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NEWS
June 11, 2004
Do you have stories you would like to share with other readers, tales from long ago or the present? The kind of anecdote you would normally tell a family member, friend or neighbor? We would like to see them and print the best on our local Commentary pages. Please send essays of 300 words or less to: Mysteries, Surprises and Delights c/o Metro Commentary Editor The Philadelphia Inquirer Box 41705 Philadelphia 19101, or E-mail metro@phillynews.com.
NEWS
May 3, 2005
JUST-RELEASED figures indicate that the circulation numbers of a considerable majority of American newspapers continue in a consistent slide, a phenomenon which I greatly lament. Although the technical quality of most newspapers has declined over the years, and the price of subscriptions has been hiked, quite sharply in some instances, I don't believe these are the reasons for diminished interest in our old reliable standard to obtain news. The newspaper is something I look forward to each day. It enables me to be knowledgeable and conversant on local, national and international issues; this is why I read three papers every day plus two weeklies.
ENTERTAINMENT
May 16, 1991 | By Sandy Bauers, Inquirer Staff Writer
Last spring, a listener writing to Recorded Books suggested that the company do James Joyce's Ulysses. In a humorous, Joyce-in-cheek response, the company noted: " . . . there's no doubt its a great book poetic too but the thing is 768 pages long thats about 26 cassettes and the other problem is where would we find a reader who could hold her breath for an hour or so while she reads Molly's soliloquy its 45 and a half pages long divided into...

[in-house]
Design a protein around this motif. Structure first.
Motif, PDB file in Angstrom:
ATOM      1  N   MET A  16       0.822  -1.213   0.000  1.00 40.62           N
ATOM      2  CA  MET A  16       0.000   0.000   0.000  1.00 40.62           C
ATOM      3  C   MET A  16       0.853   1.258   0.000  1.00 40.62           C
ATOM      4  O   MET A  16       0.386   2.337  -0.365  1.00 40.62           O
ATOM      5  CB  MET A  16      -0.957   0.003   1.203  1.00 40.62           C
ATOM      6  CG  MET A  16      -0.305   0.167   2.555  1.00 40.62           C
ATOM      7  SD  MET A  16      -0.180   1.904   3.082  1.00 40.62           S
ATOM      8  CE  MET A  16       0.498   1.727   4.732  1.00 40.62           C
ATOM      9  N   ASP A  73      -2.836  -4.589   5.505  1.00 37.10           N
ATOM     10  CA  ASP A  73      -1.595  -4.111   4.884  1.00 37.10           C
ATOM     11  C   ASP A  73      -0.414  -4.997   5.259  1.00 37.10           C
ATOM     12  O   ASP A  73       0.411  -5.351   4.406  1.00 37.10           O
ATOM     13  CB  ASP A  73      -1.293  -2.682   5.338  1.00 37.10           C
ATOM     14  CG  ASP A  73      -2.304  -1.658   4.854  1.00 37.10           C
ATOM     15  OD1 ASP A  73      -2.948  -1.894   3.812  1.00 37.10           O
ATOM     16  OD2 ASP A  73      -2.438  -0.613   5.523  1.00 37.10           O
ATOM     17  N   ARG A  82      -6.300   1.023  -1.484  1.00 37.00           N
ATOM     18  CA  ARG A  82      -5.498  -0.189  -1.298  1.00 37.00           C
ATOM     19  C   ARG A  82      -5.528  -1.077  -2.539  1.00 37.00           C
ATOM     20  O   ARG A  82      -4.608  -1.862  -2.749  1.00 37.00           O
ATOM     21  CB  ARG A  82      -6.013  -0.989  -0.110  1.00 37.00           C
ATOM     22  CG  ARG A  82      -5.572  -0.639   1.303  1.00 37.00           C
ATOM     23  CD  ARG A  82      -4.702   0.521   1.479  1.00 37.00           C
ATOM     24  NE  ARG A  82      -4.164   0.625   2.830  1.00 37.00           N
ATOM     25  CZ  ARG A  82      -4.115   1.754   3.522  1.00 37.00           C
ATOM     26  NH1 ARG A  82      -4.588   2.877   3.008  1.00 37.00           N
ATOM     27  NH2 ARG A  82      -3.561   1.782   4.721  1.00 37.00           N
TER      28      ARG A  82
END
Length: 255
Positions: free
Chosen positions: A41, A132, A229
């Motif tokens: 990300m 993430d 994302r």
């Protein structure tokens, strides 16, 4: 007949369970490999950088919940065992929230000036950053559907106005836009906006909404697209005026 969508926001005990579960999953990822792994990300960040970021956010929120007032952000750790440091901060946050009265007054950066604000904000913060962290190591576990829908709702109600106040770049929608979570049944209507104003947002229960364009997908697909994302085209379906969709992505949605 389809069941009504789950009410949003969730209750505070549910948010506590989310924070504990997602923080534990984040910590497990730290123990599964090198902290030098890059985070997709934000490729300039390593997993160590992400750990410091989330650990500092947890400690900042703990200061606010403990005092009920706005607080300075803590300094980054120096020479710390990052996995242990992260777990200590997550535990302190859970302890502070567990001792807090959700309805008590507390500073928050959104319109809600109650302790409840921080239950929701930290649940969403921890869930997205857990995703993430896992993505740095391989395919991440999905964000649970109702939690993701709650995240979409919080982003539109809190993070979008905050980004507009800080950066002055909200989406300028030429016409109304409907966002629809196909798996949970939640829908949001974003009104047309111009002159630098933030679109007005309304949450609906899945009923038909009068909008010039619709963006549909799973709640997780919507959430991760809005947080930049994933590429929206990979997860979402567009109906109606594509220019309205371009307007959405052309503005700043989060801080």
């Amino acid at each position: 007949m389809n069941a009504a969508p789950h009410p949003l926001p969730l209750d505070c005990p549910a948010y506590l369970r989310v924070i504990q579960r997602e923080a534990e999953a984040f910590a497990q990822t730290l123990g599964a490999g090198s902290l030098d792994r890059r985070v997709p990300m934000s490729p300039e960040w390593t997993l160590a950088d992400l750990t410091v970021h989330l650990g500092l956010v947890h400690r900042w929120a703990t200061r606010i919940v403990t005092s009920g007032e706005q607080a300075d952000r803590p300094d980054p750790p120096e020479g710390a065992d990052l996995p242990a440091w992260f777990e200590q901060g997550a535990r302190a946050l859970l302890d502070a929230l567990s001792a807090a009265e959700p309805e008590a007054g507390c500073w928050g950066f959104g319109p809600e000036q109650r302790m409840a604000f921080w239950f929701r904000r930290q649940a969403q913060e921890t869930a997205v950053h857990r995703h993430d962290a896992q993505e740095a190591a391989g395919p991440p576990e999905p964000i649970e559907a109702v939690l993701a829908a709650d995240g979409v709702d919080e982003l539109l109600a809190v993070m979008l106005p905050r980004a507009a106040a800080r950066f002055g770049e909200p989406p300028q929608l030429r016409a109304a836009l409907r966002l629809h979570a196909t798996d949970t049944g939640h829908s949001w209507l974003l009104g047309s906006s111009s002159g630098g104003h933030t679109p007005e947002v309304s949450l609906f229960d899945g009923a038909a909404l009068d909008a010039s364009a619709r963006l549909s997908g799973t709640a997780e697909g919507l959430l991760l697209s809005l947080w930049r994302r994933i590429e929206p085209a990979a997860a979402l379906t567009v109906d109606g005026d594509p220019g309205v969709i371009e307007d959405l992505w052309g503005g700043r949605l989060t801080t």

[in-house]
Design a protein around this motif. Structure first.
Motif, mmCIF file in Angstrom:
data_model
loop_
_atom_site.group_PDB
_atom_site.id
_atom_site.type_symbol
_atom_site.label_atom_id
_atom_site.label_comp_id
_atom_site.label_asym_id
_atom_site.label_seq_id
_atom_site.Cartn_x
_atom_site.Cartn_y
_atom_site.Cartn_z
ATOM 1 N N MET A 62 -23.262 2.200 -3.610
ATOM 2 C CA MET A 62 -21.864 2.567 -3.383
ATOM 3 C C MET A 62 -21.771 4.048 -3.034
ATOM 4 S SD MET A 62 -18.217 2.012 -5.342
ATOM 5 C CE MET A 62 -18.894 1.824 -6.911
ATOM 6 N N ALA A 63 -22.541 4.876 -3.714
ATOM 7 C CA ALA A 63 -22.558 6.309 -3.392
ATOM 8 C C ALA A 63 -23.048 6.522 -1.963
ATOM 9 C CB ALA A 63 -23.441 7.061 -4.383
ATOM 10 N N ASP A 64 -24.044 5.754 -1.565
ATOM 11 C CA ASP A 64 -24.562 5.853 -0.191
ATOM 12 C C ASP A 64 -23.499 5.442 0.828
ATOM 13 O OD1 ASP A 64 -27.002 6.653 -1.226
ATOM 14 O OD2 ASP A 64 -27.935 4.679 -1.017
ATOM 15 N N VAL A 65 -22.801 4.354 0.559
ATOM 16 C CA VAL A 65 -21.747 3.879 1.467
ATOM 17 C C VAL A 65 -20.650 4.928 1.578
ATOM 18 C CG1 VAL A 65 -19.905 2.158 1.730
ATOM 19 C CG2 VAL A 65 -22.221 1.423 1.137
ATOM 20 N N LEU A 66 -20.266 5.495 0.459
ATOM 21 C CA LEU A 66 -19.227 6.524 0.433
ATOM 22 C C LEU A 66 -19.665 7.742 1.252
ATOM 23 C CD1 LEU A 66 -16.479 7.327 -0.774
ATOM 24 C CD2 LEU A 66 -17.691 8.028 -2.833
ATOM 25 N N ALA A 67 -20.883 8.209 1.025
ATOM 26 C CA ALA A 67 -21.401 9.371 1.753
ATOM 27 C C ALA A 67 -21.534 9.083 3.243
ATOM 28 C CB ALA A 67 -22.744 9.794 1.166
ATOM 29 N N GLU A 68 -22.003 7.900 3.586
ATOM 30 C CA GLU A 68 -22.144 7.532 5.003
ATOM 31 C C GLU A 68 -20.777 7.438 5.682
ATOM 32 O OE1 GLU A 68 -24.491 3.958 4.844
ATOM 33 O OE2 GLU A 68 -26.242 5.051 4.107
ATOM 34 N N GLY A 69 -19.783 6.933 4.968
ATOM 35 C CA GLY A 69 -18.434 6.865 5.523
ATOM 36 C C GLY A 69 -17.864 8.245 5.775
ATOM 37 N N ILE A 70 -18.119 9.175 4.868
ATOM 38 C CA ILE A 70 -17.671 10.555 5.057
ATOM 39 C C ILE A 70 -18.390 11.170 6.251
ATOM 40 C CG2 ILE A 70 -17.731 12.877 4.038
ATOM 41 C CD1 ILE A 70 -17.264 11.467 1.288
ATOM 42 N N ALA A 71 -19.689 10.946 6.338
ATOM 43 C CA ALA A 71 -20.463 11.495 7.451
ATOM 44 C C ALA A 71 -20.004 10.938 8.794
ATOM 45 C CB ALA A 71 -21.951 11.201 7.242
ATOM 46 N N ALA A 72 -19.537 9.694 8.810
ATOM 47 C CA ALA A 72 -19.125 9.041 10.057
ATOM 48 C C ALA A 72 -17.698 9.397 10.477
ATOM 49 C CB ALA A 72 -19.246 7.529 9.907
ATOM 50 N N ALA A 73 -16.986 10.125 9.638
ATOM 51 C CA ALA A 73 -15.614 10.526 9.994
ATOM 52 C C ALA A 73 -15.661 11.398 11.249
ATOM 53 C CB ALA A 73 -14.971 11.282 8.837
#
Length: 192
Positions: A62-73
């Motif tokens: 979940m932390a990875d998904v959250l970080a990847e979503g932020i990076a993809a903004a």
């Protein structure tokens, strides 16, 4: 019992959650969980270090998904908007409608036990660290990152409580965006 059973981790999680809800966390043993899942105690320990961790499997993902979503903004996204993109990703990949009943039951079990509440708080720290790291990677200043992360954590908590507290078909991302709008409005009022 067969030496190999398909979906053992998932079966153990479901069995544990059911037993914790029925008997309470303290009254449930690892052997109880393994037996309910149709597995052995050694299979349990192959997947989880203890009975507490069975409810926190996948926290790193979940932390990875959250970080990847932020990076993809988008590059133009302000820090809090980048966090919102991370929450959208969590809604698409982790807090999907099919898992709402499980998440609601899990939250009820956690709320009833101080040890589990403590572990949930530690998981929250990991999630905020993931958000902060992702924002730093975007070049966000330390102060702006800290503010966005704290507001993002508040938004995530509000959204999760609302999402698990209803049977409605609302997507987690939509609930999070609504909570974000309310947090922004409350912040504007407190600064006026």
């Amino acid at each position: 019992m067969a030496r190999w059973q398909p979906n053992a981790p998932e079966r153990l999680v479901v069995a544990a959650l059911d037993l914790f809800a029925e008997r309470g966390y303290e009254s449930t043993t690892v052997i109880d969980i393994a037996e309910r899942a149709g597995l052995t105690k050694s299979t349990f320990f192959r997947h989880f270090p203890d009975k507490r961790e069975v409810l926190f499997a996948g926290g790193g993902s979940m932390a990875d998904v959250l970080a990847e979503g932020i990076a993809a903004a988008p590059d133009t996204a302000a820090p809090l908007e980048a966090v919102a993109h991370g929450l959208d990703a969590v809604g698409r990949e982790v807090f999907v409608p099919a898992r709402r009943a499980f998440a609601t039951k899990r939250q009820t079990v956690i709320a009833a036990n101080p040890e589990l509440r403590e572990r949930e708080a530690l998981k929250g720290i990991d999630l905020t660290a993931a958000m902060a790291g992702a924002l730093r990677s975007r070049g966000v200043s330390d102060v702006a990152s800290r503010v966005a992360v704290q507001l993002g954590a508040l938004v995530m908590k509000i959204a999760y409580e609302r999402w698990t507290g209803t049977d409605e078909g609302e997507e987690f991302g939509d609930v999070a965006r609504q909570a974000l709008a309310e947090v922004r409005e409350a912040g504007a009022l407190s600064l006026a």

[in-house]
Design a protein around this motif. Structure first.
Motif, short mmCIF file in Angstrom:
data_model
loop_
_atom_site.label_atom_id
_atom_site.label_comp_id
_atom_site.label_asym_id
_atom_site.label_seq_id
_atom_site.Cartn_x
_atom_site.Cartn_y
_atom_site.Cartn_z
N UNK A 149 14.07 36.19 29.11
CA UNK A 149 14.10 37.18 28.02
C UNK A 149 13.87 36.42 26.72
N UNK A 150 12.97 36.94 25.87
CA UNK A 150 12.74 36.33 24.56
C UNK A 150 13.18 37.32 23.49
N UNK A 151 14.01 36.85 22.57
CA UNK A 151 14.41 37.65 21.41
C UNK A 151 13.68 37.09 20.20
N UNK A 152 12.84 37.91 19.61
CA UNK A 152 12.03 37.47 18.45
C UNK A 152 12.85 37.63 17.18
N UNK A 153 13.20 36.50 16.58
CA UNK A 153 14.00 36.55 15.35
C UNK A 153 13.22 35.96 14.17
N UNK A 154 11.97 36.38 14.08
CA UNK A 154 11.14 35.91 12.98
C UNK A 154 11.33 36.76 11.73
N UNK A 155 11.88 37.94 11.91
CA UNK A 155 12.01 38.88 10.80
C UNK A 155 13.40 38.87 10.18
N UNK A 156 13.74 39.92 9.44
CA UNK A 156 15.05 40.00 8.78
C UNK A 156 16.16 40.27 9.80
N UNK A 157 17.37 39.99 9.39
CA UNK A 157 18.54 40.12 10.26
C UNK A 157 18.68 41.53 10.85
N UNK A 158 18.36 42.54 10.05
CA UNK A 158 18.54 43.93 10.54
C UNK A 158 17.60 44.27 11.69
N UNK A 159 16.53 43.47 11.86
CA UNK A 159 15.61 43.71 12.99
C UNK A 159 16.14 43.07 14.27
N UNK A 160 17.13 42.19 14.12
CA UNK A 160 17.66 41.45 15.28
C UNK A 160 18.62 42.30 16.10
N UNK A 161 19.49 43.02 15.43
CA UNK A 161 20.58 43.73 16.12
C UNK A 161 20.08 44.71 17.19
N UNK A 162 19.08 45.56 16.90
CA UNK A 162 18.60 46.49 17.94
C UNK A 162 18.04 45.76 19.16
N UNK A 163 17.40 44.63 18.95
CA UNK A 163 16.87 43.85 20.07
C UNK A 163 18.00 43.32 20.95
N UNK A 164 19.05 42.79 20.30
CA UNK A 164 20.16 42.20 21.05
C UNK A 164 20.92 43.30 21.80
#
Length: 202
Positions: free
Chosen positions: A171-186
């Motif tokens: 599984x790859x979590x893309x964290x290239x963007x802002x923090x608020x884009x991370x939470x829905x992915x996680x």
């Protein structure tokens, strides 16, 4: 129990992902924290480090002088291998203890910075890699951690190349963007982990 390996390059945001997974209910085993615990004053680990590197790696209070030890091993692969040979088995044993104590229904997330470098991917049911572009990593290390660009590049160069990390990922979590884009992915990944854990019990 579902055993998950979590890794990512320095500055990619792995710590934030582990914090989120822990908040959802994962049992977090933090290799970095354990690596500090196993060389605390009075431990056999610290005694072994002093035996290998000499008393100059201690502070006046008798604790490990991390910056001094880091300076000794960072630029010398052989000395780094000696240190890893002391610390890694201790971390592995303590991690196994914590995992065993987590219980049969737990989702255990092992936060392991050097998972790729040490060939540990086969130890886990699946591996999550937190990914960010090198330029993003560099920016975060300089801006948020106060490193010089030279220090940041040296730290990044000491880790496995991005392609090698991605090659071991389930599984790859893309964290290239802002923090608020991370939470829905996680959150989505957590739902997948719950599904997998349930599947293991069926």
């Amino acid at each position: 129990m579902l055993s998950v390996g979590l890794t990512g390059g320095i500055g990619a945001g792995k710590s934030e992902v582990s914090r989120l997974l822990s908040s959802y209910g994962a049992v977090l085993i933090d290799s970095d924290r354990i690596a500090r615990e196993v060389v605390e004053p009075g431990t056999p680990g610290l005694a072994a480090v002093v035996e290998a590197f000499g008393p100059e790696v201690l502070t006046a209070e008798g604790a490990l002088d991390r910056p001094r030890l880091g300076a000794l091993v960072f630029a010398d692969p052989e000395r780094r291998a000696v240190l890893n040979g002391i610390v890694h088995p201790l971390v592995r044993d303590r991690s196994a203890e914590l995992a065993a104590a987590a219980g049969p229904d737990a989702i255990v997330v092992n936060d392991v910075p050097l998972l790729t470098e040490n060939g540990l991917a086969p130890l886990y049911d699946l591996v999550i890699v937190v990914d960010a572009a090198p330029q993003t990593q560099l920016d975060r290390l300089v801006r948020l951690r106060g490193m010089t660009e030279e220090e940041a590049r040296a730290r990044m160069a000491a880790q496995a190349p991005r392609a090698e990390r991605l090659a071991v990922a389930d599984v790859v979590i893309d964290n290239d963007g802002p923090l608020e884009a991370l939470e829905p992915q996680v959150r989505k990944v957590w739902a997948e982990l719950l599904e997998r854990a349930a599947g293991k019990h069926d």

SPORTS
September 27, 2011
Alan Baldwin, of Philadelphia, is the winner of the Daily News' Phillies Clincher Contest. Baldwin was randomly chosen from among those who selected Sept. 17 as the date for the Phillies to clinch their fifth consecutive National League East title. Baldwin will receiver a commemorative Daily News front page from a historic Phillies moment; the chance to put his own headline on a keepsake Daily News front page; and lunch with a member of the DN sports staff.
ENTERTAINMENT
May 18, 2006 | By NATALIE HAUGHTON Los Angeles Daily News
Even though many people have never heard of it, the largest cooking magazine in North America is Taste of Home. So notes Catherine Cassidy, senior vice president of Reiman publications, based in Greendale, Wis. With a circulation of 3.4 million, "We're bigger than the top three [food magazines] together," said Cassidy, also editor in chief of the magazine, launched in 1993. Cassidy oversees four cooking-related bi-monthlies - Taste of Home, Simple & Delicious, Light & Tasty and Cooking for 2. All are reader-driven - and contain reader-submitted editorial, including stories, recipes and memories.
NEWS
October 29, 2014
WHEN FOLKS ask me for advice, I have a standard line: "To be clear, you asked me, right?" I preface my answer with this line because it's my way of warning them that they may not like what I have to say. Then there are readers who weren't asked for their opinion but nonetheless feel compelled to offer their thoughts. OK, so from time to time I'll let them weigh in for a feature I'm calling "Money Back Talk. " Let me start with an inheritance question I received during a recent online discussion: "My father, who was extremely wealthy, rewrote his will after my mother died 11 years ago," a reader wrote.
NEWS
July 11, 2011 | By STEPHANIE FARR, farrs@phillynews.com 215-854-4225